To David Michie
Monticello June 20h ’12
Your letter of June 17h to Mr Peyton communicated to me on the 18h & that of the 18h to myself delivered the same day conveyed the first notice I have ever had that you claimed a single foot of the lands which had belonged to the late Bennett Henderson. I am a bonafide purchaser of those lands and paid more for them than I thought their clear fee simple value, which I certainly should not have done had I known of any well grounded claim, still I wish to hold nothing which the laws do not authorise and acceed therefore to your proposition of referring the decision of our claims to learned counsel at Richmond. To prepare the case for them, our titles must be stated, and supported by documents produced, or by facts duly proven. I do not know that this can be better done than by regular pleadings in the same form as if offered to a Court and by taking depositions as to matters of fact all by joint consent. And when the case is ripened for decision1 lay the whole before the arbitrators. All this may be done without any expence. The law is your profession and has been mine we are both therefore compitent to prepare our own pleadings. This method will give us the advantage of being able to deposit the whole in any Court If, in any stage of the proceeding we see other advantages or necessity in that being in possession of lots No 8. 9 & 10 by deeds of bargain & Sale & duly recorded And by their nature Conveying both the possession and use, and also by the regular payment of the taxes, and of the lower lands by a Similer deed of bargain & Sale, by the actual possession of my tenants by regular receipts of the rents & the occupation of workmen on various occasions of repair,—it will rest with yourself to commence your proceedings either as at Common law, or in chancery as you think best. I promise you on my part that no unnecessary2 delays or difficulty shall be practiced. In this way we may make up our issue whether in Common law or Chancery in much less time than Could be done by pleadings from Court to Court. The only delay of any moment which I can foresee may be in precureing the depositions of distant witnesses. If this mode meets your approbation be so good as to say by a line at your leisure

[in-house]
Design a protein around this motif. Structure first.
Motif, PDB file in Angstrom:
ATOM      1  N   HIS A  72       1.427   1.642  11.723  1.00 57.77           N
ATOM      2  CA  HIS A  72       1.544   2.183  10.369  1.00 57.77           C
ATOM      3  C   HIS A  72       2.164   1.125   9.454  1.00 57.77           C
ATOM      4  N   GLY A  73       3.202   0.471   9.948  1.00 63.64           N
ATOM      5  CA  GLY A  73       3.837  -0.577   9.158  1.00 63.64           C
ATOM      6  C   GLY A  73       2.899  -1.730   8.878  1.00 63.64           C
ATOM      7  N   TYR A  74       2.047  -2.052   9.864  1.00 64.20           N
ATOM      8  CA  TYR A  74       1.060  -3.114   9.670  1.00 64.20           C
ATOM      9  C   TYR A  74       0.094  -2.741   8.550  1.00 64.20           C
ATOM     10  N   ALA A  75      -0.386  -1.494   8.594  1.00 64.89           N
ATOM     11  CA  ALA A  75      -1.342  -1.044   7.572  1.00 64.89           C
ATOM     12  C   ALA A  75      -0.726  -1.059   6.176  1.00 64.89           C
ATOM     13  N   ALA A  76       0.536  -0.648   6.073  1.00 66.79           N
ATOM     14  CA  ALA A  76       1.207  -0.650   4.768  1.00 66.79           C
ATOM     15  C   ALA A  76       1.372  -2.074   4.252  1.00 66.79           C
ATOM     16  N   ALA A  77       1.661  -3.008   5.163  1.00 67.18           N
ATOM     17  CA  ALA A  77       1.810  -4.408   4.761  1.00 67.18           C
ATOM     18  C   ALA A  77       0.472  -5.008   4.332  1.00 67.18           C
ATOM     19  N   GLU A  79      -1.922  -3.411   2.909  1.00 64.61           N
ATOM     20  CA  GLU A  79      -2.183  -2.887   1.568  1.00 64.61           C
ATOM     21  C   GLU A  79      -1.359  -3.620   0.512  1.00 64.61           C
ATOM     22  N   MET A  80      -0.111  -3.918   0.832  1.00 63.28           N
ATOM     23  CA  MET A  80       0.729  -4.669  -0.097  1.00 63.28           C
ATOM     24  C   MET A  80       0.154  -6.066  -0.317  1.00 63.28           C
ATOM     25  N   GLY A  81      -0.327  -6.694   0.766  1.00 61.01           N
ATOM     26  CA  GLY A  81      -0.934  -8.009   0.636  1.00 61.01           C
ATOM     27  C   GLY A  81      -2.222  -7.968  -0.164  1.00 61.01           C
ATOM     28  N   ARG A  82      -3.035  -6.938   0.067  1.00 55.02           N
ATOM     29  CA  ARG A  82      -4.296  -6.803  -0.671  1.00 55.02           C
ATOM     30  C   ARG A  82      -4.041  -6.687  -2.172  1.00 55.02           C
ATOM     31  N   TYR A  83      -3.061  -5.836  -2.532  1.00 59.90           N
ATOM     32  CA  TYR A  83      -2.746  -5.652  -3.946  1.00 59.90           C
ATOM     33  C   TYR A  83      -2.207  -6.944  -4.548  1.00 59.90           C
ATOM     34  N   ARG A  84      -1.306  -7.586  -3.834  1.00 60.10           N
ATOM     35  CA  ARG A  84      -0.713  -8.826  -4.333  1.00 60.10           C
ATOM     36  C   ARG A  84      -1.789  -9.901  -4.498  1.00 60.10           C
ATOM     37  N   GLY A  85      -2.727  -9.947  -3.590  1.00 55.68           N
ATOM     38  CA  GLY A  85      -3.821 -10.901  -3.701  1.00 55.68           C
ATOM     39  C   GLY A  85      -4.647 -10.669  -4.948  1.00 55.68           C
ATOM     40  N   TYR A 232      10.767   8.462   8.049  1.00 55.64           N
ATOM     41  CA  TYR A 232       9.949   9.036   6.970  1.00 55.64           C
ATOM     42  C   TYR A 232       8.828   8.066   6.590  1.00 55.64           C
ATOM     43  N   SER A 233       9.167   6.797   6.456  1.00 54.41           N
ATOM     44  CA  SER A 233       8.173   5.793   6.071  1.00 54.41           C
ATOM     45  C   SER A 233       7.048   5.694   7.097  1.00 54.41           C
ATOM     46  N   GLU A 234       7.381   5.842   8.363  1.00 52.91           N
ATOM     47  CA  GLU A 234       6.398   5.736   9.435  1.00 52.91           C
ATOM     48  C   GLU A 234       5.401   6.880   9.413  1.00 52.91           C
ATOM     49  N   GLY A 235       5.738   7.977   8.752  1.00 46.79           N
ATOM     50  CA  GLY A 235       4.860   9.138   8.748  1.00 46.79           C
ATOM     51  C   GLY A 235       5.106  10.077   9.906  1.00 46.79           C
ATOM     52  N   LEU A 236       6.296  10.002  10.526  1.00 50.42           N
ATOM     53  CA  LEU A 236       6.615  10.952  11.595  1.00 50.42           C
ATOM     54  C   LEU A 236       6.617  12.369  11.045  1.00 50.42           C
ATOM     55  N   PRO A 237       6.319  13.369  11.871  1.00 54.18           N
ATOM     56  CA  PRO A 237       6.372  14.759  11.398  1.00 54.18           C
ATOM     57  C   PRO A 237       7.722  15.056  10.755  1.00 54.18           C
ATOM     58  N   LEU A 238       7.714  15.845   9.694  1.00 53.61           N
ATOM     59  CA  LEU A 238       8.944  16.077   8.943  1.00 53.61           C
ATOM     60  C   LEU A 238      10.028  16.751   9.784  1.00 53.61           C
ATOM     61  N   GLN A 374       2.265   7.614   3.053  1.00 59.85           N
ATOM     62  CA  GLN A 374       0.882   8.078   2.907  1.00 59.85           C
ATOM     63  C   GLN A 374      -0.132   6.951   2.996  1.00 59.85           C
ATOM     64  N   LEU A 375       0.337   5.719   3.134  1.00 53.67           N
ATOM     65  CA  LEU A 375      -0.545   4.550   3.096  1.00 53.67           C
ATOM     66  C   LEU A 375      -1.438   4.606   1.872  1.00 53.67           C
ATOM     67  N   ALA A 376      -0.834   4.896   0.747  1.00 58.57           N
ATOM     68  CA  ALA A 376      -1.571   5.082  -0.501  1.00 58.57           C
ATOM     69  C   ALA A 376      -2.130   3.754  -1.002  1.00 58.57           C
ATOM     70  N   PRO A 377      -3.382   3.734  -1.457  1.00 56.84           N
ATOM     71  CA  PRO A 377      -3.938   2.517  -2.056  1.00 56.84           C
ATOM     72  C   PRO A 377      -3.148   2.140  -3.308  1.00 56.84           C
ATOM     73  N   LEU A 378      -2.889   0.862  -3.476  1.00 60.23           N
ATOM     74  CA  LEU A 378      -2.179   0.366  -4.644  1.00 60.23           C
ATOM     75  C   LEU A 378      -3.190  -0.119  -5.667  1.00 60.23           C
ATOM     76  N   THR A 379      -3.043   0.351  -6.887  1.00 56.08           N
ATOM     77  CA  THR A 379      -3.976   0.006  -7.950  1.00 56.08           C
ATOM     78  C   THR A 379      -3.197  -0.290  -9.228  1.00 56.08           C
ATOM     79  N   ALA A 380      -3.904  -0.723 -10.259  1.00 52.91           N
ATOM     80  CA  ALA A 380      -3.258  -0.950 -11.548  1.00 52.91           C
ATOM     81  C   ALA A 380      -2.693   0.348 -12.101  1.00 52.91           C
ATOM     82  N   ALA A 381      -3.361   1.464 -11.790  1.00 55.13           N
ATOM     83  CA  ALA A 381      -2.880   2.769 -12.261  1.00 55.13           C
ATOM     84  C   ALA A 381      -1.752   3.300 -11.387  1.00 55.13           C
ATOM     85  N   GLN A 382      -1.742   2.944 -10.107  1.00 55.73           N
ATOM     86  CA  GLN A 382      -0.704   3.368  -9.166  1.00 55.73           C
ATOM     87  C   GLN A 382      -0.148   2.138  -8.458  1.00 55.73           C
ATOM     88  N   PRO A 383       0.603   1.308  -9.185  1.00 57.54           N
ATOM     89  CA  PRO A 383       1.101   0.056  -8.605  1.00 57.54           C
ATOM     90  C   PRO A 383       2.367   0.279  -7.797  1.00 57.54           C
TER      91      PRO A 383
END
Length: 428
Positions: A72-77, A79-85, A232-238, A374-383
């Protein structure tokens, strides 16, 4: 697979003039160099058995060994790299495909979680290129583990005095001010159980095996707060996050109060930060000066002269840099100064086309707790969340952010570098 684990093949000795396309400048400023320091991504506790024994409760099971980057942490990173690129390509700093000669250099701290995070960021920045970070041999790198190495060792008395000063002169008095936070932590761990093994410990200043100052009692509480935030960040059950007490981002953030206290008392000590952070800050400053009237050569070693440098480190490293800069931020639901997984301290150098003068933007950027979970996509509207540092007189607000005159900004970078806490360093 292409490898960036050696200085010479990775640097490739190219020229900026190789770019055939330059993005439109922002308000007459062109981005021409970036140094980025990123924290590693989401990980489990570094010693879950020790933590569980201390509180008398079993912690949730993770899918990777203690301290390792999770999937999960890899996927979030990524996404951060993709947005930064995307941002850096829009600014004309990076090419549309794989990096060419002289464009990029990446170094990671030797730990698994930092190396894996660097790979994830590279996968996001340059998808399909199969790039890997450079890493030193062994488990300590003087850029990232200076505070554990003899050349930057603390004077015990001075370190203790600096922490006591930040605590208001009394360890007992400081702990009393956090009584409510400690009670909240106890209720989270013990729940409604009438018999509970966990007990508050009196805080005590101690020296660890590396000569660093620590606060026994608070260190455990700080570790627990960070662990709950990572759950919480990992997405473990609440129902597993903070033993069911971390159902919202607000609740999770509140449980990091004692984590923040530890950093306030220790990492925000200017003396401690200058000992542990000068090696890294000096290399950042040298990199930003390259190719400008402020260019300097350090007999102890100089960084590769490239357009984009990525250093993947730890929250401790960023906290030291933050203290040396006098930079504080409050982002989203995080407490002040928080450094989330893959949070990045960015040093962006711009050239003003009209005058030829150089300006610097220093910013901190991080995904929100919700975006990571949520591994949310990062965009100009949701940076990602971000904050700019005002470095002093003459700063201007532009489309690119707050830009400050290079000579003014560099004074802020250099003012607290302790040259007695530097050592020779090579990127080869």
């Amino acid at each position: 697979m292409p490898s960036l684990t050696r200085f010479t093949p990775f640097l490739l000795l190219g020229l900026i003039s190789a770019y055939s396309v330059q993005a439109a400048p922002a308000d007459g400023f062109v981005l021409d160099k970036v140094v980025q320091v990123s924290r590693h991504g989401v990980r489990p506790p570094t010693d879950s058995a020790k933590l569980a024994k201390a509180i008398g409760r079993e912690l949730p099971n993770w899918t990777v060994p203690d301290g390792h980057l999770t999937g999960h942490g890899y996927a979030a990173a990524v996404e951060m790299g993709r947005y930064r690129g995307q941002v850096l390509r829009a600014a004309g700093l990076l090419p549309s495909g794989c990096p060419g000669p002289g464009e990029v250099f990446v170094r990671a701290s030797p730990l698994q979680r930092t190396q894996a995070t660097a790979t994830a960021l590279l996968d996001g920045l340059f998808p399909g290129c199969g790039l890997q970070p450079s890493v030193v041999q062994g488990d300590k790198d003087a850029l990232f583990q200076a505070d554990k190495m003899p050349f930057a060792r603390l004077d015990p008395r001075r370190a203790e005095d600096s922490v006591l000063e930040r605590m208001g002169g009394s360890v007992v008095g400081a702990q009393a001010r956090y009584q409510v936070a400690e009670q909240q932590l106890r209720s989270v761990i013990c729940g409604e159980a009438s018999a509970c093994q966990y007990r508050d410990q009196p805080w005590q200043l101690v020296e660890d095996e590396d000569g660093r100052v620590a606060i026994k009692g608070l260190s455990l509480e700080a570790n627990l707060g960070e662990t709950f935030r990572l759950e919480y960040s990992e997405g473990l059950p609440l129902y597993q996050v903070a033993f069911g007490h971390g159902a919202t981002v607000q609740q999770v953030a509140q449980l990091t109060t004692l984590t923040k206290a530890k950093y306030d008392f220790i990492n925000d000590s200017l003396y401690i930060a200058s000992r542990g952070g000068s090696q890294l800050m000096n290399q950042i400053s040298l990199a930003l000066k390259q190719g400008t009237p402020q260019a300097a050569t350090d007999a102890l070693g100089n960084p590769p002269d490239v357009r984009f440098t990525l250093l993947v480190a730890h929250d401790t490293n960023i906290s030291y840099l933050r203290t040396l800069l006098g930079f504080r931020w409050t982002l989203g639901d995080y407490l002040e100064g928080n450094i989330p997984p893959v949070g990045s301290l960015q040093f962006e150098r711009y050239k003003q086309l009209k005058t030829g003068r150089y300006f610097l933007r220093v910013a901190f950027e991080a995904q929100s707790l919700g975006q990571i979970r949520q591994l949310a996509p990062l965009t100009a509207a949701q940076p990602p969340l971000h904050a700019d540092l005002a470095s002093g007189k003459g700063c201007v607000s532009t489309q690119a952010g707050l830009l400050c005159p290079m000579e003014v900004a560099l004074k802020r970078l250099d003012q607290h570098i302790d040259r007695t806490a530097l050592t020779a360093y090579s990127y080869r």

PS. Since writing the above I receive information that you have set a number of hands to work on the dower lands. The taking possession of the thing in question being contrary to your proposition to refer it to arbitration, I hope you will withdraw them after to day, that our proceedings may not change the amicable form proposed by yourself and so much preferred by me
Tr (ViU: TJP-LBJM); in George Carr’s hand; at head of text: “To David Michie.” Enclosed in David Michie’s Plea and Answer in Jefferson v. Michie, [by 6 Sept. 1813].
1. Manuscript: “descion.”
2. Manuscript: “unnessary.”